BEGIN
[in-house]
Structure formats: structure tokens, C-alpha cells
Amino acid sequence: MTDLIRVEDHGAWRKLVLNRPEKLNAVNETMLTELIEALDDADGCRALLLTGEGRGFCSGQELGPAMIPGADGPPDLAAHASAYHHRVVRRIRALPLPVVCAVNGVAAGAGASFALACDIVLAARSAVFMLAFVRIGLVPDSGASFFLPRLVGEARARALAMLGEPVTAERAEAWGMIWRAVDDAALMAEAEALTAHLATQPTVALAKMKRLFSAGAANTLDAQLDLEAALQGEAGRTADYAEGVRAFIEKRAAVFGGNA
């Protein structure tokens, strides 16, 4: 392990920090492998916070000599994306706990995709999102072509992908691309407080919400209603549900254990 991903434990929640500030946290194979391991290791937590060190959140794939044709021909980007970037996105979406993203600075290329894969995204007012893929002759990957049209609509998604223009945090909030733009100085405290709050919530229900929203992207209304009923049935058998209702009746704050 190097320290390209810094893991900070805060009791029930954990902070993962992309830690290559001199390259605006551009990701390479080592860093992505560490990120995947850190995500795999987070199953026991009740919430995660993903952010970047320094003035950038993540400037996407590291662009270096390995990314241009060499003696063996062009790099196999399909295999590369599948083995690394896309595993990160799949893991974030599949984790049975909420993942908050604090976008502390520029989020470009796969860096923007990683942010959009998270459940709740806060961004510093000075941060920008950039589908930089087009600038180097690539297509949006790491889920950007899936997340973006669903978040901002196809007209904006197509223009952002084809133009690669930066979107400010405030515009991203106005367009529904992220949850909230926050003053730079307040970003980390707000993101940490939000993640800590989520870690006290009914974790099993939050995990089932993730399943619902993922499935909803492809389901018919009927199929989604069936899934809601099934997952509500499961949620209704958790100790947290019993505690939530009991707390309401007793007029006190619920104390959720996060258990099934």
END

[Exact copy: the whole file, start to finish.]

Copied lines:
[in-house]
Structure formats: structure tokens, C-alpha cells
Amino acid sequence: MTDLIRVEDHGAWRKLVLNRPEKLNAVNETMLTELIEALDDADGCRALLLTGEGRGFCSGQELGPAMIPGADGPPDLAAHASAYHHRVVRRIRALPLPVVCAVNGVAAGAGASFALACDIVLAARSAVFMLAFVRIGLVPDSGASFFLPRLVGEARARALAMLGEPVTAERAEAWGMIWRAVDDAALMAEAEALTAHLATQPTVALAKMKRLFSAGAANTLDAQLDLEAALQGEAGRTADYAEGVRAFIEKRAAVFGGNA
């Protein structure tokens, strides 16, 4: 392990920090492998916070000599994306706990995709999102072509992908691309407080919400209603549900254990 991903434990929640500030946290194979391991290791937590060190959140794939044709021909980007970037996105979406993203600075290329894969995204007012893929002759990957049209609509998604223009945090909030733009100085405290709050919530229900929203992207209304009923049935058998209702009746704050 190097320290390209810094893991900070805060009791029930954990902070993962992309830690290559001199390259605006551009990701390479080592860093992505560490990120995947850190995500795999987070199953026991009740919430995660993903952010970047320094003035950038993540400037996407590291662009270096390995990314241009060499003696063996062009790099196999399909295999590369599948083995690394896309595993990160799949893991974030599949984790049975909420993942908050604090976008502390520029989020470009796969860096923007990683942010959009998270459940709740806060961004510093000075941060920008950039589908930089087009600038180097690539297509949006790491889920950007899936997340973006669903978040901002196809007209904006197509223009952002084809133009690669930066979107400010405030515009991203106005367009529904992220949850909230926050003053730079307040970003980390707000993101940490939000993640800590989520870690006290009914974790099993939050995990089932993730399943619902993922499935909803492809389901018919009927199929989604069936899934809601099934997952509500499961949620209704958790100790947290019993505690939530009991707390309401007793007029006190619920104390959720996060258990099934």